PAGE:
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The Political Economy of Antitrust
Type: Book
ISBN: 978-0-44453-093-6

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Abstract

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The Political Economy of Antitrust
Type: Book
ISBN: 978-0-44453-093-6

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Book part
Publication date: 1 April 2007

Abstract

Details

The Political Economy of Antitrust
Type: Book
ISBN: 978-0-44453-093-6

Abstract

Many jurisdictions fine illegal cartels using penalty guidelines that presume an arbitrary 10% overcharge. This article surveys more than 700 published economic studies and judicial decisions that contain 2,041 quantitative estimates of overcharges of hard-core cartels. The primary findings are: (1) the median average long-run overcharge for all types of cartels over all time periods is 23.0%; (2) the mean average is at least 49%; (3) overcharges reached their zenith in 1891–1945 and have trended downward ever since; (4) 6% of the cartel episodes are zero; (5) median overcharges of international-membership cartels are 38% higher than those of domestic cartels; (6) convicted cartels are on average 19% more effective at raising prices as unpunished cartels; (7) bid-rigging conduct displays 25% lower markups than price-fixing cartels; (8) contemporary cartels targeted by class actions have higher overcharges; and (9) when cartels operate at peak effectiveness, price changes are 60–80% higher than the whole episode. Historical penalty guidelines aimed at optimally deterring cartels are likely to be too low.

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The Law and Economics of Class Actions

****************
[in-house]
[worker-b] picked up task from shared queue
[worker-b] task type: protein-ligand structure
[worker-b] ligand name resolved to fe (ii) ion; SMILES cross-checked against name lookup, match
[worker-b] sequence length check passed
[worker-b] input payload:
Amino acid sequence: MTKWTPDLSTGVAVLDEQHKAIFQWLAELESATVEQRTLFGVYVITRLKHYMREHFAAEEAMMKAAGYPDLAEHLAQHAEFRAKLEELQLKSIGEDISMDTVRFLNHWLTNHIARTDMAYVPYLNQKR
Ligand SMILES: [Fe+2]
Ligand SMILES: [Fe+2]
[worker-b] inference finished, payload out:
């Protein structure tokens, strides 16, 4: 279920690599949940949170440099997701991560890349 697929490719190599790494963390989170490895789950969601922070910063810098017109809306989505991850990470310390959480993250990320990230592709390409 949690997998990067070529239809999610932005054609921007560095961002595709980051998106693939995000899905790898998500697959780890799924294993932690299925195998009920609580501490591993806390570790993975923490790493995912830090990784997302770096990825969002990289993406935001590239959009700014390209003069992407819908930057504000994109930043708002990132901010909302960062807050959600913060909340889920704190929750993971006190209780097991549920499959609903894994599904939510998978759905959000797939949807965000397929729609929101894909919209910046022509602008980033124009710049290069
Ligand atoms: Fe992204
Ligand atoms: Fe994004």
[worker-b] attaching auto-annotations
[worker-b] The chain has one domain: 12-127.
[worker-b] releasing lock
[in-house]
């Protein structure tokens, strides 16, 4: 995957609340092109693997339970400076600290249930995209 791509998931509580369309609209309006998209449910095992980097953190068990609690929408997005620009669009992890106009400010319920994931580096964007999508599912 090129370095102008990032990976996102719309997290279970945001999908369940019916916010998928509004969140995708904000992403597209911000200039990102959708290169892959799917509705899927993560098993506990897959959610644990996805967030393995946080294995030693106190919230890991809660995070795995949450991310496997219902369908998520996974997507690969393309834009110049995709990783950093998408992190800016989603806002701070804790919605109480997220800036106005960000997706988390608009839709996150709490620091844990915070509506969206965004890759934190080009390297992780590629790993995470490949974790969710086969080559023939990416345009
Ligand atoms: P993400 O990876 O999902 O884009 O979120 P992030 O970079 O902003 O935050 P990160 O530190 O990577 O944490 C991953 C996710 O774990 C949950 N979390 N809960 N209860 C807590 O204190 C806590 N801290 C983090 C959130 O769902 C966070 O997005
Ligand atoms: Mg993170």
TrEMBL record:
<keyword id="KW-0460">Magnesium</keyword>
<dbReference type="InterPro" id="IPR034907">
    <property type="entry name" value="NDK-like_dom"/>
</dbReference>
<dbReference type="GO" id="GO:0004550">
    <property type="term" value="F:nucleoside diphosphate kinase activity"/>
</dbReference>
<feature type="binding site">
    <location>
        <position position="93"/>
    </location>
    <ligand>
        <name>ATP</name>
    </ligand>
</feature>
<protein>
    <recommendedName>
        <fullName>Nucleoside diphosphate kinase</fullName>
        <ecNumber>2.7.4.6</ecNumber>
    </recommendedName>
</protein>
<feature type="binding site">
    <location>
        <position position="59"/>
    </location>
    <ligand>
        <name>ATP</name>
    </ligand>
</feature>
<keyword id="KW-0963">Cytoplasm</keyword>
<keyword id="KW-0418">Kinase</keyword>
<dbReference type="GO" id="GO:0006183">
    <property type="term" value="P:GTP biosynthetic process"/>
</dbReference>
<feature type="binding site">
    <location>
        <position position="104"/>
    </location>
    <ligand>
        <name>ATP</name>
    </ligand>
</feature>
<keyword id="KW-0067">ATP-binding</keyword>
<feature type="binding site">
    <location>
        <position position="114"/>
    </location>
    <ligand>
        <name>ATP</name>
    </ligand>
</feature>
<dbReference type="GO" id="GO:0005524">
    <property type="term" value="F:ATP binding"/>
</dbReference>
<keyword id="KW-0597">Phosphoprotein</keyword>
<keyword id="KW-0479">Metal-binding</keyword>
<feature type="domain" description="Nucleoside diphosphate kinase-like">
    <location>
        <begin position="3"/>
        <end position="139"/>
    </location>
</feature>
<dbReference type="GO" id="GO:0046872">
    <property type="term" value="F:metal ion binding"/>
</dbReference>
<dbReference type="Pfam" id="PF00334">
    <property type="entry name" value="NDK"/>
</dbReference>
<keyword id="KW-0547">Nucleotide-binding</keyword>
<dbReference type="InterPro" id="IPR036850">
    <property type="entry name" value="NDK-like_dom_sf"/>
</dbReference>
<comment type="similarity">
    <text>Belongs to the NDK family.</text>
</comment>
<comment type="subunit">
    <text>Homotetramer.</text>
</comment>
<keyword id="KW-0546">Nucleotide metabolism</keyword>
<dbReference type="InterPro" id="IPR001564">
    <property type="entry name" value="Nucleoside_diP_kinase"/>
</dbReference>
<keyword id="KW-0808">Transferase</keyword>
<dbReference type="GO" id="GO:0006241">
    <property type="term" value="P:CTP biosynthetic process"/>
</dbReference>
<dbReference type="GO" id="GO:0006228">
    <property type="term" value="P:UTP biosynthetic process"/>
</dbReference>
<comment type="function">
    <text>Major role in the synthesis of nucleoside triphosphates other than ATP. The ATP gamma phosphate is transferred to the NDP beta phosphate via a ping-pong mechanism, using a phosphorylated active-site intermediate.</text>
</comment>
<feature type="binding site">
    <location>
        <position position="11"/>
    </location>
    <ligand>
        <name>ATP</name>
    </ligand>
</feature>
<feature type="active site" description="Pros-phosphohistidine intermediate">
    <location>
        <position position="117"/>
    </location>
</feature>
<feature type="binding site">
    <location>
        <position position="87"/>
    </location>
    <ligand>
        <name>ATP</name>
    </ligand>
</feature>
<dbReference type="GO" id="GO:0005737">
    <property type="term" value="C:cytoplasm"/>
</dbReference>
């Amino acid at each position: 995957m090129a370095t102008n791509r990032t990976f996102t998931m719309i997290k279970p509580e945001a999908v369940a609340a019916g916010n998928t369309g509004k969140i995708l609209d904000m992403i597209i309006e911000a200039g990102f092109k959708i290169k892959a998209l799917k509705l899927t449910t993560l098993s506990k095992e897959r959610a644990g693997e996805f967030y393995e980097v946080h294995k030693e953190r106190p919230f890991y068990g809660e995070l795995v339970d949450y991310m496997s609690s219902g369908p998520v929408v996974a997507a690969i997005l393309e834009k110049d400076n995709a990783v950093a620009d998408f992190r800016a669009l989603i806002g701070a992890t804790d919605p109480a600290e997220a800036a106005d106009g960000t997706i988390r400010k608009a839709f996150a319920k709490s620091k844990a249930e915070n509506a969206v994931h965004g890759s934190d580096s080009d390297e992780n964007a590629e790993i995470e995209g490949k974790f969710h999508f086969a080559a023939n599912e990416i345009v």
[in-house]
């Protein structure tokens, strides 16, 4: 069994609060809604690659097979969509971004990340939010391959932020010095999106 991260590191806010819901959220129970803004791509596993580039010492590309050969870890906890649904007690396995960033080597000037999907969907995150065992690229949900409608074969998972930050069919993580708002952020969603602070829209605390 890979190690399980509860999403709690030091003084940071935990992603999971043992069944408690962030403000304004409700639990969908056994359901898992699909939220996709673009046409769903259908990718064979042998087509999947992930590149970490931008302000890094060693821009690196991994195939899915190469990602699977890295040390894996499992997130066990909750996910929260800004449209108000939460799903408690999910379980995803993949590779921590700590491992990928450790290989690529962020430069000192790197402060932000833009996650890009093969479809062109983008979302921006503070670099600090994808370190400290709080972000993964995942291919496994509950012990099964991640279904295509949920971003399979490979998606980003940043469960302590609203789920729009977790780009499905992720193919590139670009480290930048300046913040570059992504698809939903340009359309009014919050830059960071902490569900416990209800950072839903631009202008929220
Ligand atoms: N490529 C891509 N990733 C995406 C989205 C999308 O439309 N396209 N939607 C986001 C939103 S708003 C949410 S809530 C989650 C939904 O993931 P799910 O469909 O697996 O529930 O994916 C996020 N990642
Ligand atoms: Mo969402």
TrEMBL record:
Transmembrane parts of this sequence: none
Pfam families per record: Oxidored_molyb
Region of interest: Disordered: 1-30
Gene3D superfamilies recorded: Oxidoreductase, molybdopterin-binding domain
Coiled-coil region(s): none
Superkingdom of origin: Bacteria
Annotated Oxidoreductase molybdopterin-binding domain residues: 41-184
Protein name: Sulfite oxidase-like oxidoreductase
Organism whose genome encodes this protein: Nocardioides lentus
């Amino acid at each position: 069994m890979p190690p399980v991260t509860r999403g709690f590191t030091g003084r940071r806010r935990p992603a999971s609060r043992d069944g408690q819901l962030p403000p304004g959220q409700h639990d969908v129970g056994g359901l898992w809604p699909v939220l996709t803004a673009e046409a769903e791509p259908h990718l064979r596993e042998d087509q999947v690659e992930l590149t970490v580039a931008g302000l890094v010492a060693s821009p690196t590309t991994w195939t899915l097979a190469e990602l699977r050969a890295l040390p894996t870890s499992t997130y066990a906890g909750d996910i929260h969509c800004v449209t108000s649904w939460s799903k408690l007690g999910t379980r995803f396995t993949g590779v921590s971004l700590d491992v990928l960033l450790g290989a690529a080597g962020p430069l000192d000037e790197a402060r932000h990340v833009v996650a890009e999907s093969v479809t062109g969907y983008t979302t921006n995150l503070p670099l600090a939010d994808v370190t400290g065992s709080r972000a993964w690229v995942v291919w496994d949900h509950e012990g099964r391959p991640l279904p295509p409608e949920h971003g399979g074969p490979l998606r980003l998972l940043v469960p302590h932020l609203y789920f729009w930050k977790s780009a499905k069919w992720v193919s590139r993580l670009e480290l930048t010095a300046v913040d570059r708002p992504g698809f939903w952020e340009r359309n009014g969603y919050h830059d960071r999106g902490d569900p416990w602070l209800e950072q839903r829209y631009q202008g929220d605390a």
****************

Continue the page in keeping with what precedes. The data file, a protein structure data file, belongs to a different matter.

Type: Book
ISBN: 978-1-78350-951-5

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Abstract

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The Political Economy of Antitrust
Type: Book
ISBN: 978-0-44453-093-6

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Article
Publication date: 16 November 2010

James Kirkbride, Steve Letza and Dujuan Yuan

The purpose of this paper is to examine the practical and legal challenges and barriers to the development of a private action in antitrust controls and to project those…

Abstract

Purpose

The purpose of this paper is to examine the practical and legal challenges and barriers to the development of a private action in antitrust controls and to project those onto a consideration of the development of such rights of action through a case study of Brazil.

Design/methodology/approach

The paper provides a critical review of both the theoretical and practical barriers to the development of private rights of action, drawing upon the history of development in both the USA and in Europe and the regular considerations of policy and law making, through debate at the Organisation for Economic Co‐operation and Development. This comparative and historical analysis is projected into models of design and delivery for consideration by law makers.

Findings

Despite the different legal traditions and policy considerations of the different jurisdictions, the fundamental design of a common action pan‐jurisdictions and outwith conflict of law principles might be possible. The paper proposes a design framework to facilitate and achieve this. The case‐study of Brazil presents an interesting and recent context, and illustration, of this process.

Practical implications

The paper provides an historical and comparative account of the development of private rights actions in this area and provides, to the law maker, a framework and set of legal principles and practical enforcement and design guidelines. This framework and its guidelines should assist those countries seeking to introduce such rights of action in the policy area of antitrust control.

Originality/value

The historical and comparative approach draws together in one paper a contemporary global position in this area of law development.

Details

International Journal of Law and Management, vol. 52 no. 6
Type: Research Article
ISSN: 1754-243X

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Book part
Publication date: 1 January 2005

Patrick A. Gaughan

Punitive damages is a controversial topic in the legal profession and in the field of economics. This chapter explores the economics of punitive damages as they relates to…

Abstract